Where Children's Issues Stand at the TX Lege

Can you believe we're already one-fourth of the way through the Texas legislative session? 

The budget-writing committees in the House and Senate have started holding hearings to help them build on the first drafts of the state budget, and other committees will start holding hearings on other bills soon. Here's a quick rundown of where some of the key children's issues stand at the Legislature:


Pre-k: The big opportunity for pre-k this session is through the new school finance plan that state leaders have declared a top priority. The School Finance Commission's recommendations to the Legislature included $1.4 billion for early literacy strategies, including pre-k. There is an important debate about how to distribute that funding among districts, but there should be no debate about including in the school finance bill at least $1.4 billion for pre-k and other early education priorities. The bill has not been filed yet, although other important pre-k bills have.

Student mental health: Along with school finance, the Governor also declared that both mental health and school safety are top priorities ("Emergency Items") for this session. The Governor and Senate leaders have highlighted SB 10 by Sen. Nelson, a great bill to provide psychiatric treatment in the community to more Texans with significant mental health challenges. We have emphasized the importance of also addressing student mental health through our schools, as proposed in HB 1069 and HB 1072 by Rep. Price, HB 906 by Rep. Thompson, and the TEA plan that has some funding in the House's version of the draft state budget. School-based strategies support students before a crisis becomes apparent, improving academics, safety, health, behavior, and the day-to-day stress on teachers.

Health care: Voters have made clear that health care is a top priority, and a number of legislators have filed health coverage bills. For example, the children's health coverage bill by Sen. Zaffirini and Reps. Cortez and Rose would allow kids enrolled in Medicaid to stay covered for a full year without the extra rounds of paperwork now required. Several bills would provide Medicaid insurance to low-wage moms for a year after giving birth rather than leaving them uninsured two months after delivery. Other legislation by Sen. Miles would reduce teen pregnancy and save the state money through smoother transitions between health programs. And legislation by Sen. Johnson and Reps. Israel and Bucy would let Texans vote on accepting Medicaid expansion funding offered by the federal government to cover low-wage workers who don't receive insurance at work. It remains to be seen whether state leaders will seize these opportunities.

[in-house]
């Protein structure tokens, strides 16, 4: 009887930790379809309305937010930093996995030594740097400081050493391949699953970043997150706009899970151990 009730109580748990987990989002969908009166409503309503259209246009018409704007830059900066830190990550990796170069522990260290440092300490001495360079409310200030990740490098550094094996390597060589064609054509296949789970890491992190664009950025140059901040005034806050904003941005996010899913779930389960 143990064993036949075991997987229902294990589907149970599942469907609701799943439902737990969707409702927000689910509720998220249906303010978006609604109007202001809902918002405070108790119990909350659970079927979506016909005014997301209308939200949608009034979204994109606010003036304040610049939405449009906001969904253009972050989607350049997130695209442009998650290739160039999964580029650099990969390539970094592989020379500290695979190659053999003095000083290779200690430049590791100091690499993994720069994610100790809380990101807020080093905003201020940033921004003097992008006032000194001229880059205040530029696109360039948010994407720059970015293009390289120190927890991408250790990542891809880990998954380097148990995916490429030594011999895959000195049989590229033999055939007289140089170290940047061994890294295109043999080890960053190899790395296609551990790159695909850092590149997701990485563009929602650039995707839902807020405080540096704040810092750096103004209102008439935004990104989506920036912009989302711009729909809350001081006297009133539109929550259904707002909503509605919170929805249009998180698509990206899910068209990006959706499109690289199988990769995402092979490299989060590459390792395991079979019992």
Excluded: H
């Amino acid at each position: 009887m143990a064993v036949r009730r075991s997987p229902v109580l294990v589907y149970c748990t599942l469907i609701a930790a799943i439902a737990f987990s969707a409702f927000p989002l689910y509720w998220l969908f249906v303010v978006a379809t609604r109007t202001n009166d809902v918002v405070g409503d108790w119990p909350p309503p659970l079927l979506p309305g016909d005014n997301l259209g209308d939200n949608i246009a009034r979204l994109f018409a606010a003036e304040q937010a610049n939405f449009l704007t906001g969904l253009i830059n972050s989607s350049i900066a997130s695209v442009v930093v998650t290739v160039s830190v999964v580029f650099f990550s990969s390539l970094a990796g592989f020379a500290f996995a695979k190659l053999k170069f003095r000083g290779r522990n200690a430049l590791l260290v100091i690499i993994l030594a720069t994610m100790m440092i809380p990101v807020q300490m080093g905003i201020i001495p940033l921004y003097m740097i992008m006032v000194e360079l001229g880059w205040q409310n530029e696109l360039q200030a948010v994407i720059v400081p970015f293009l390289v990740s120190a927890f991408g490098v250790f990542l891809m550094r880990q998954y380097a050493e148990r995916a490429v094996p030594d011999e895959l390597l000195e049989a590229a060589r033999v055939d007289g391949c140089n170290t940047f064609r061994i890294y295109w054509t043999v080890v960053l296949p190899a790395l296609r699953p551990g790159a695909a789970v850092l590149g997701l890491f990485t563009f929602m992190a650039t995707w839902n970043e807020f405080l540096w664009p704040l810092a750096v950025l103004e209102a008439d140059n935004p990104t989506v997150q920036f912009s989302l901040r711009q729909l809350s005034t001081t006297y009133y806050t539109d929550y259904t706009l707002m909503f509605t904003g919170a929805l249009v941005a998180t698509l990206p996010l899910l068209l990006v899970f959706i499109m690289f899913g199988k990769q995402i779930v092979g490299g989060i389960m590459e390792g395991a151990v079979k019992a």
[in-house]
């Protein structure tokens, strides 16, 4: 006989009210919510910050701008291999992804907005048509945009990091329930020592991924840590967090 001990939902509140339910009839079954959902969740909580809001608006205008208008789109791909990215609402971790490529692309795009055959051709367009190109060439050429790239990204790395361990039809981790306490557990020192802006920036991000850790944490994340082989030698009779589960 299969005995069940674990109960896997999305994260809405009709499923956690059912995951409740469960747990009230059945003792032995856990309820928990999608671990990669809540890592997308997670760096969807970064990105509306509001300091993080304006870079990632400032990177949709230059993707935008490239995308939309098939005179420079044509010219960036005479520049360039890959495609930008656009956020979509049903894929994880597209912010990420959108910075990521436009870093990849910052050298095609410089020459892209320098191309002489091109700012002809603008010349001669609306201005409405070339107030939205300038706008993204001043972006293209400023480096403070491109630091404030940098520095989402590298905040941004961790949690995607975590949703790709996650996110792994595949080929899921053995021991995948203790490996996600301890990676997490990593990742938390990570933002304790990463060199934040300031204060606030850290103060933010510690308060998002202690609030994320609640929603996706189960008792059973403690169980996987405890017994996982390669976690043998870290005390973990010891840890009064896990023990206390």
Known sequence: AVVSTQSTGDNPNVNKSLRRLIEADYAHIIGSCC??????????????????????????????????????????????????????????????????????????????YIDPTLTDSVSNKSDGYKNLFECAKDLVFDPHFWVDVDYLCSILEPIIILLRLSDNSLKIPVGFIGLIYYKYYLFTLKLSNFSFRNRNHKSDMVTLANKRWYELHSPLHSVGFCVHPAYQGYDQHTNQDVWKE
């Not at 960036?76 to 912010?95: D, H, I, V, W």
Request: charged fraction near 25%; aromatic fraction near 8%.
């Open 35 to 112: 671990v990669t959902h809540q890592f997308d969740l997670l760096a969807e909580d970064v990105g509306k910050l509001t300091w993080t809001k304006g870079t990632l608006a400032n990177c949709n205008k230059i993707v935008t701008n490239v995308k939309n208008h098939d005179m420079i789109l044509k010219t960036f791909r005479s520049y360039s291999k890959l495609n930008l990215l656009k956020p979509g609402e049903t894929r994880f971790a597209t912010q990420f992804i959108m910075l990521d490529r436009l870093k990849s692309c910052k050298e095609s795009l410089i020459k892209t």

Foster care & CPS: The Legislature and CPS made important progress over the last two years, but there's a lot of work to do this session. To keep kids safely with their parents and out of foster care, we're backing a package of bills by Rep. Howard to support pregnant and parenting youth in foster care, urging budget-writers to expand access to substance use treatment, and calling on state leaders to prepare to implement the federal Family First Act. Further investments will also be needed to ensure that when CPS places kids in foster care, they are safe, healing, and thriving. However, the first drafts of the state budget largely maintain the (unacceptable) status quo for foster care.

ECI: To prevent more closures of Early Childhood Intervention (ECI) programs and ensure toddlers with disabilities are able to access these critical services, we are supporting the Health and Human Services Commission's request for an additional $71 million for ECI. That funding is missing from the first drafts of the state budget. You can visit our Action Center to urge legislators to add that funding to the budget.

Child care: Following the Austin American-Statesman's investigation of lax state policy and oversight of child care, we're glad to see that a number of bills have been filed to address the issue, including SB 708 by Sen. Zaffirini to collect data on staff-to-child ratios.